Of the many complements I could pay to Hayden Saunier’s second poetry collection, Say Luck, the one that comes to mind first is that it’s fun. While there are poems of grief, doubt and anguish, those are balanced with poems of wit and awareness that ring out with gratitude for life. This ultimately is what makes the collection feel authentic and trustworthy. It’s so seldom that one can say that about a book of poems these days.
The first poem, which is also the title poem of the book, is one of my favorites. It’s in some way a reprimand for self-pity even though “Love walks down the road and death waits at the river.” and an accounting for what’s important in life—it’s a lesson in perspective:
Since you are alive and have leisure enough to read poems
I’d say luck has entered your life more than once.
The strength of Saunier’s poetry is her ability so see, to say, almost what should be obvious to us, but often isn’t. “So much goes unnoticed,” she says. The tone, diction and syntax are largely conversational even when more formal elements are used. The approach eases the reader into the poem, as if she’s letting you in on something. Usually that something comes out of a moment of illumination or discovery, as in the poem “How It Happens, Sometimes”, where an encounter with a stranger stirs a memory of the speaker’s lost mother. Other times those moments are of self-awareness “—ah yes, / you recognize your landscape now.”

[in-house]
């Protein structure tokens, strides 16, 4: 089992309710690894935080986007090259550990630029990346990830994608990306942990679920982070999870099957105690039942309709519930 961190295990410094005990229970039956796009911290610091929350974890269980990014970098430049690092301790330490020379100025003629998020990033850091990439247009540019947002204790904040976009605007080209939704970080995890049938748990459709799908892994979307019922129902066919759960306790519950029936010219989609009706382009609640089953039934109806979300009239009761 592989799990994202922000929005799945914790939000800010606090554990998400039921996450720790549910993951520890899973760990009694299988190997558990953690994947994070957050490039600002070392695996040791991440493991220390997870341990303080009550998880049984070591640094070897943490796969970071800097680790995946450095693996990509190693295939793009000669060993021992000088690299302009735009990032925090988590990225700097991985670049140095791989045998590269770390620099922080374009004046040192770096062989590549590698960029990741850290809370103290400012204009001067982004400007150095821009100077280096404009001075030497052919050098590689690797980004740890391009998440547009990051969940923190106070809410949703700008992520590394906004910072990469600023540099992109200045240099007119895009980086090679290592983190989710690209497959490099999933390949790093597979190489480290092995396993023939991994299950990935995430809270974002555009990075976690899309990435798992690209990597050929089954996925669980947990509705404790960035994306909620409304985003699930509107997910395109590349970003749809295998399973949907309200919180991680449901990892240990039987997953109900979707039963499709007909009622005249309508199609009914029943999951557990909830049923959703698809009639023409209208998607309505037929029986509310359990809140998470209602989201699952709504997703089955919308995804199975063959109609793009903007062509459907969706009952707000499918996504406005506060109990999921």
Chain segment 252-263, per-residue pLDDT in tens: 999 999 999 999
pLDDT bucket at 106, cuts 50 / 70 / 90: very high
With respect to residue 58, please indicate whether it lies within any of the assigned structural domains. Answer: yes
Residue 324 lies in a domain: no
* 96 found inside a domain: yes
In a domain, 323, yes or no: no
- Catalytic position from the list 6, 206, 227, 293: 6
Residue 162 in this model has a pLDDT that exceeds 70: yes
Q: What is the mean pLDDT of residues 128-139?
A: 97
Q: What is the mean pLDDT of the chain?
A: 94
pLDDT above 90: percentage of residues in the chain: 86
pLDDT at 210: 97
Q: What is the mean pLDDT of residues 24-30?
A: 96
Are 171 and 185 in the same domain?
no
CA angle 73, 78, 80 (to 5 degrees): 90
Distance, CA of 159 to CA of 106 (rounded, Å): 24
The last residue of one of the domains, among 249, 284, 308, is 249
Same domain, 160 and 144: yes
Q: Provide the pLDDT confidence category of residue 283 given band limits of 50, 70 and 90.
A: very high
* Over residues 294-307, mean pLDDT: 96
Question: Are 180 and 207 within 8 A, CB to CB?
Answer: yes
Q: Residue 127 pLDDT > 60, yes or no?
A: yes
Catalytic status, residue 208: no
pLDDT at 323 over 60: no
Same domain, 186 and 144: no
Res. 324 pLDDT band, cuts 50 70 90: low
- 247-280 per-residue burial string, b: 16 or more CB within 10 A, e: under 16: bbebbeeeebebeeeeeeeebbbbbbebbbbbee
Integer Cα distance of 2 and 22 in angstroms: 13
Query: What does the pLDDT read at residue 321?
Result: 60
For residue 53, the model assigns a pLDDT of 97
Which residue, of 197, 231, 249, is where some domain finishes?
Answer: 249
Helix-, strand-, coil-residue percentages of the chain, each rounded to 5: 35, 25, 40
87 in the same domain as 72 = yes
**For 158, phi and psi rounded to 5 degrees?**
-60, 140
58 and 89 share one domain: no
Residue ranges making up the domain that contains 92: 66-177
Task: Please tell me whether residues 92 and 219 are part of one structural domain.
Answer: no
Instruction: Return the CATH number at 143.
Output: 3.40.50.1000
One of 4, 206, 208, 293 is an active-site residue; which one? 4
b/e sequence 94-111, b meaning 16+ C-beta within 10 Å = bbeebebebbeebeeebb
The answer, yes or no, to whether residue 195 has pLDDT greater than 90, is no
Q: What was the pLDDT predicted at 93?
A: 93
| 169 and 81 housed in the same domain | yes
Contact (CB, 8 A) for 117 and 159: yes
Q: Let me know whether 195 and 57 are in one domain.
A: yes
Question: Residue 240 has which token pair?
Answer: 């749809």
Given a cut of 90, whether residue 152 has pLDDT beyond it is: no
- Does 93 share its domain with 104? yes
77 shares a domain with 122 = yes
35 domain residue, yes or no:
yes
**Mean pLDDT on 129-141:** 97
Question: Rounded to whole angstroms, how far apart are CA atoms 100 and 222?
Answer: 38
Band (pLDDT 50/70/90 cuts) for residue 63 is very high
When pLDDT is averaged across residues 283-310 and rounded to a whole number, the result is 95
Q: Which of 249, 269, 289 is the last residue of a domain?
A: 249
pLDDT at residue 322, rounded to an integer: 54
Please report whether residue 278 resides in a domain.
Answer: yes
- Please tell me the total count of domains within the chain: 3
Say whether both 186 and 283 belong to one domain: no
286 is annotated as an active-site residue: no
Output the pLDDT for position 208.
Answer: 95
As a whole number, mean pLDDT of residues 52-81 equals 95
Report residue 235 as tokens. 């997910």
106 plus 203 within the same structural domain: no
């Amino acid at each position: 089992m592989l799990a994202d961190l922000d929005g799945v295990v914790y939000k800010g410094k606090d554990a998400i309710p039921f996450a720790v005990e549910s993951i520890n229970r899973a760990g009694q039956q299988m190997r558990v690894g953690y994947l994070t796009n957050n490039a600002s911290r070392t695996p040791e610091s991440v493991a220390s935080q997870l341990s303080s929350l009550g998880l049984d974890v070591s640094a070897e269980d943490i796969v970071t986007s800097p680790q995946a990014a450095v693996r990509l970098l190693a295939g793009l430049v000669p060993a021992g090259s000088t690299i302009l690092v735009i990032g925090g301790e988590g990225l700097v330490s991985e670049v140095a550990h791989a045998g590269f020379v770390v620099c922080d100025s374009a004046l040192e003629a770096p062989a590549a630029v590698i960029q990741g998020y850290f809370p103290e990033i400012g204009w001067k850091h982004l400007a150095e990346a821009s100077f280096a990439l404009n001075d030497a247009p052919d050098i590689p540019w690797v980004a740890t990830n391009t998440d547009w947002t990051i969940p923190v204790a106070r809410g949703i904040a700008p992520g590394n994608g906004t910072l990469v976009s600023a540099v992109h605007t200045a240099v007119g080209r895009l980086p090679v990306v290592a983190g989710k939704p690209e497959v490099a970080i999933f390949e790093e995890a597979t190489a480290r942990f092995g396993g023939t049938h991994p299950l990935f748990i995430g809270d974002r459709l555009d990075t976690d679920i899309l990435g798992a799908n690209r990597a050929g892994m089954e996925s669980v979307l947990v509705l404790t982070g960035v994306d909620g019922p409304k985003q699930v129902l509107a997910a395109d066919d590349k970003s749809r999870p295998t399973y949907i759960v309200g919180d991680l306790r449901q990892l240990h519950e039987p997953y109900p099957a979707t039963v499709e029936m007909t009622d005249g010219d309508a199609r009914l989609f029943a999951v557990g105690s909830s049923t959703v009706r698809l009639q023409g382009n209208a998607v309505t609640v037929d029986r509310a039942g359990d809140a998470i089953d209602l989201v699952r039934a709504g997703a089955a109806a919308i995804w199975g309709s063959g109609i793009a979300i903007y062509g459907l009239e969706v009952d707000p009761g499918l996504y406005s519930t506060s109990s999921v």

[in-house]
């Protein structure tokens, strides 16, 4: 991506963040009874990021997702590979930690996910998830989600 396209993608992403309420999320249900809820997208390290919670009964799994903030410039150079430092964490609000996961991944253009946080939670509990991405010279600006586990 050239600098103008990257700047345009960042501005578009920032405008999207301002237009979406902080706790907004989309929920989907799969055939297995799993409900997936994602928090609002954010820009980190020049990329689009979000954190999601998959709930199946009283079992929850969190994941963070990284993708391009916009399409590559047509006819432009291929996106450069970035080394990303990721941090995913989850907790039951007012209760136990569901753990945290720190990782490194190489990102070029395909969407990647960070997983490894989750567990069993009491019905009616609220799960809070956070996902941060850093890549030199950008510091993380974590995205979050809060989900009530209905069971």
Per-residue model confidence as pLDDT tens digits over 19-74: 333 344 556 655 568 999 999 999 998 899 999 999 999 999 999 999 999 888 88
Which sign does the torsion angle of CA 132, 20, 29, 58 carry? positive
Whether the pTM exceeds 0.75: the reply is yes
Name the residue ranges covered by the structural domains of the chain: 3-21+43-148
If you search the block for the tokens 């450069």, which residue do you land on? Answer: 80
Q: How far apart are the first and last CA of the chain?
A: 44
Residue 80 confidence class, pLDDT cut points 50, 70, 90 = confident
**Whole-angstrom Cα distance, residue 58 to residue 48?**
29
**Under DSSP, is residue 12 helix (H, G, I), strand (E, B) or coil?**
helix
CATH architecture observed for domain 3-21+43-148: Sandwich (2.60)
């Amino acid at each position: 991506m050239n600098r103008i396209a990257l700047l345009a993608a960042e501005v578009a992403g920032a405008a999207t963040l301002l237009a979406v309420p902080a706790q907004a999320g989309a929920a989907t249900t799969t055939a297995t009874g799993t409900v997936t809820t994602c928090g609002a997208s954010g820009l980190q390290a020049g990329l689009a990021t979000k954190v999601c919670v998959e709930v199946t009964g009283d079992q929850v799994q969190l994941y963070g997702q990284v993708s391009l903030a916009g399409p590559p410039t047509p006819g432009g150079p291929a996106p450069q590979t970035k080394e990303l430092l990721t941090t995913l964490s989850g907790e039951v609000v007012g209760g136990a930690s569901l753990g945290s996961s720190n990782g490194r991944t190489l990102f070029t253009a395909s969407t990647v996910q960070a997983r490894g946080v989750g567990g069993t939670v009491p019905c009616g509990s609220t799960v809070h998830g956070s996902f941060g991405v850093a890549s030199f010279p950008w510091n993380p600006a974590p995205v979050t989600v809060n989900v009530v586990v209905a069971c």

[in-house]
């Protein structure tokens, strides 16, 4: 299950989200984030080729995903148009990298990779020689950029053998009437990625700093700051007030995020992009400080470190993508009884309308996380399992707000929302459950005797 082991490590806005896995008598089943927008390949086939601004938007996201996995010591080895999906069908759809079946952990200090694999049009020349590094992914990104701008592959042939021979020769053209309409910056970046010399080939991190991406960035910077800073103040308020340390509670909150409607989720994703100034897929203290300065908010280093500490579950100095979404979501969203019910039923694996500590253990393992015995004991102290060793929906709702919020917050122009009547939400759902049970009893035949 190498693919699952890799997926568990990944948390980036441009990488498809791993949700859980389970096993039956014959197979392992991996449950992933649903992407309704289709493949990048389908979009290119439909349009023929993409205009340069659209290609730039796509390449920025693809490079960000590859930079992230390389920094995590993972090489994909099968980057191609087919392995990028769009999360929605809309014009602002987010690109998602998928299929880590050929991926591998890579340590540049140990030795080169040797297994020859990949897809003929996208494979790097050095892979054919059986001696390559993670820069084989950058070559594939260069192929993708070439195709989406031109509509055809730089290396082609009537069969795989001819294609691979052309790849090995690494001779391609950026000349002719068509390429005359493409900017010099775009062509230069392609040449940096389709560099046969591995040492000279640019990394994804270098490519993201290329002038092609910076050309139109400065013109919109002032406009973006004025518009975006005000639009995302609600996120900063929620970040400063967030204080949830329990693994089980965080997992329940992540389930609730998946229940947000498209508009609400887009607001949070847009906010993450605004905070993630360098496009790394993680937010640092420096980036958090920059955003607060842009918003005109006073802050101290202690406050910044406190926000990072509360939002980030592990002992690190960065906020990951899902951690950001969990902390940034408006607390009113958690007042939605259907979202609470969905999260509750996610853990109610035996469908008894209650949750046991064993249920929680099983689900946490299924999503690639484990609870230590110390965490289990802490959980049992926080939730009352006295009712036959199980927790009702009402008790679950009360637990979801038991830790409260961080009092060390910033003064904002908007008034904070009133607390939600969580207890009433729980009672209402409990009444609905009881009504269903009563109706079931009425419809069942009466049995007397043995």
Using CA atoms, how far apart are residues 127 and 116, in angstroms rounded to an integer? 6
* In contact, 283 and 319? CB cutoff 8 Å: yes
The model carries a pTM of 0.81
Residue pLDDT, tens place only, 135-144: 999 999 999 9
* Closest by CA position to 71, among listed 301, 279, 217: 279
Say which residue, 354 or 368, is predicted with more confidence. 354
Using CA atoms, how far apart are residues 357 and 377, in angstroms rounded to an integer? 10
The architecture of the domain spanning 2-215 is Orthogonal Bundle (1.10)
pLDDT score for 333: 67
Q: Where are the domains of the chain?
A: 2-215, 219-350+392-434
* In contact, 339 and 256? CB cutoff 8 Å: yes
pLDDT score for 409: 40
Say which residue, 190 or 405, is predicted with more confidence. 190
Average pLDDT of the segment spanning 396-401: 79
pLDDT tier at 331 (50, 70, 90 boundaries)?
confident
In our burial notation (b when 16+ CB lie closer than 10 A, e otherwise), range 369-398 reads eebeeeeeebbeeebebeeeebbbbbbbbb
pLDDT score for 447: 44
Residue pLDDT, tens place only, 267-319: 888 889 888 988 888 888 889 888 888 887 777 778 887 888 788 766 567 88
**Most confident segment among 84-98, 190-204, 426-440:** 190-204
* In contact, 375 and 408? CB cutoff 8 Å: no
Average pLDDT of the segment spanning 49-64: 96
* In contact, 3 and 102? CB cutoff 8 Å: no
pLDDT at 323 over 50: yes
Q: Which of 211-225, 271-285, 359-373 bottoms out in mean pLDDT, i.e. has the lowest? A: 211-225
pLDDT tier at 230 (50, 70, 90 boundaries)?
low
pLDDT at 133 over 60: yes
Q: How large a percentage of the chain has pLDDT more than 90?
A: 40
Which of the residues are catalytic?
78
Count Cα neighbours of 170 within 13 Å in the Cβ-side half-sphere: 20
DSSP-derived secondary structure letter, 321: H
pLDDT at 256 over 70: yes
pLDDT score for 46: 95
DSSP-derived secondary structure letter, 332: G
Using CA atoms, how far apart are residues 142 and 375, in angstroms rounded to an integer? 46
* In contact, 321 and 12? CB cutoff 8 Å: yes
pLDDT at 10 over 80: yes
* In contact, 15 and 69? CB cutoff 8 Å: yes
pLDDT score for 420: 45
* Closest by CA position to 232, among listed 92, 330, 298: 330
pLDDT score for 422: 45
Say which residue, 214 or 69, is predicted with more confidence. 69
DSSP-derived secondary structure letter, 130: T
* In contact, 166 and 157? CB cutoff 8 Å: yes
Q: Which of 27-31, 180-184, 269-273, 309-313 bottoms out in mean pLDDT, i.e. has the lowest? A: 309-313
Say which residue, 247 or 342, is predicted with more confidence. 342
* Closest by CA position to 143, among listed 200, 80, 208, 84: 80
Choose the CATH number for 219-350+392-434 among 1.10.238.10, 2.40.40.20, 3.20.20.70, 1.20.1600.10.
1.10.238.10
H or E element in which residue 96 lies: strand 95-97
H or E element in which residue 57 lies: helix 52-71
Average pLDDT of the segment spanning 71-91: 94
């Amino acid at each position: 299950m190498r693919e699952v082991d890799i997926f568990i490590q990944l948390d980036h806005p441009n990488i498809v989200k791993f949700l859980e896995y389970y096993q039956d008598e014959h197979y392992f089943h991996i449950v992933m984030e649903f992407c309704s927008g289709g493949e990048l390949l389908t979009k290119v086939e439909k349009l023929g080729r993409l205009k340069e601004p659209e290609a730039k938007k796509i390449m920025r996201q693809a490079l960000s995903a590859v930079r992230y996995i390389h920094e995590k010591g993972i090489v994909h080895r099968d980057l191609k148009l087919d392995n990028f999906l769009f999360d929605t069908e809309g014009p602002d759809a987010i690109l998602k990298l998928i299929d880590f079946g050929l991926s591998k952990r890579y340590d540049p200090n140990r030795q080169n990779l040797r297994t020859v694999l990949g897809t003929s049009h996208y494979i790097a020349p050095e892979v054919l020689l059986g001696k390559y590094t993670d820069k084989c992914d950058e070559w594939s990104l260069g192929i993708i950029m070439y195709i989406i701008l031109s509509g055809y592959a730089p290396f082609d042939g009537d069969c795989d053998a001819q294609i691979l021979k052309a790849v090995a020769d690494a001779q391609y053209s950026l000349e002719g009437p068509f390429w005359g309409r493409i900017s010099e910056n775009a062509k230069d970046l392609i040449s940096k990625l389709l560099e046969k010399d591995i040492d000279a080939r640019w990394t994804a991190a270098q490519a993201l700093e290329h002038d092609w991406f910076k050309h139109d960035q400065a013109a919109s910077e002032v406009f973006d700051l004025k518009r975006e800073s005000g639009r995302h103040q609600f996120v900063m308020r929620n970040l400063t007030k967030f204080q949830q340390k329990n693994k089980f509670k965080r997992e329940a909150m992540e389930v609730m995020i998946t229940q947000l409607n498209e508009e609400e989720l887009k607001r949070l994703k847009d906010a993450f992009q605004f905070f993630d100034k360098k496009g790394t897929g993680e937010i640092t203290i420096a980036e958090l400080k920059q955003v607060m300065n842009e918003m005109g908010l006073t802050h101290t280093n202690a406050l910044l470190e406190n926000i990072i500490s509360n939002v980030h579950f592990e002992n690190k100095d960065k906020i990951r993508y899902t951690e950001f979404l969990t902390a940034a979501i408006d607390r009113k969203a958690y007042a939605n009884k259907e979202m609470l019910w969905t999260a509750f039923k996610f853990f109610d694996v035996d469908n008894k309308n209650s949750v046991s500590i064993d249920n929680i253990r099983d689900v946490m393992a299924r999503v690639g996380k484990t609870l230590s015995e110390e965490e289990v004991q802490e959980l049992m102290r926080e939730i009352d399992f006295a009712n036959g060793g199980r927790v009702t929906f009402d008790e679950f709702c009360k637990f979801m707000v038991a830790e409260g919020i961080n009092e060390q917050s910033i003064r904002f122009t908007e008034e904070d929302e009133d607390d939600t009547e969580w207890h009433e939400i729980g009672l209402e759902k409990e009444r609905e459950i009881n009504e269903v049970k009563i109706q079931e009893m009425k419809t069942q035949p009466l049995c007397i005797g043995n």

A tactic Saunier is very good at is smoothly moving from, or I should say within, an image and into those moments of awareness. Sometimes it happens so subtly you hardly see it sneaking up on you, and then, there it is, some wisdom she’s dropped on your lap:
Our arguments blow over,
shake down like leaves,
all sap retracted
but we recognize the danger here:
how lumps of bullet lead
as hard and blunt
as any words we’ve said
from Living by the Site of a Minor Civil War Engagement
In passages like the one above, and many others, you see her talent for loaded lines—words and phrases casting two shadows. She moves into those lines easily, and they appear on your horizon like the crest of a hill you’ve been driving toward but didn’t know you’d reached. “The view from here / will always be the view from here, no matter / who is witness.” she writes in a poem about dealing with someone’s death.
By the end of the book, if you’ve read the poems in order, you feel as if you’ve been walked through a life, maybe as a bird sitting on the author’s shoulder, and been invited to share snippets of experience, ordinary moments and epiphanies drawn from them. She observes, catalogs, recollects, questions and offers insights, as good poets do, asking us to pay similar attention to our own surroundings.
You can find Say Luck here at Amazon.
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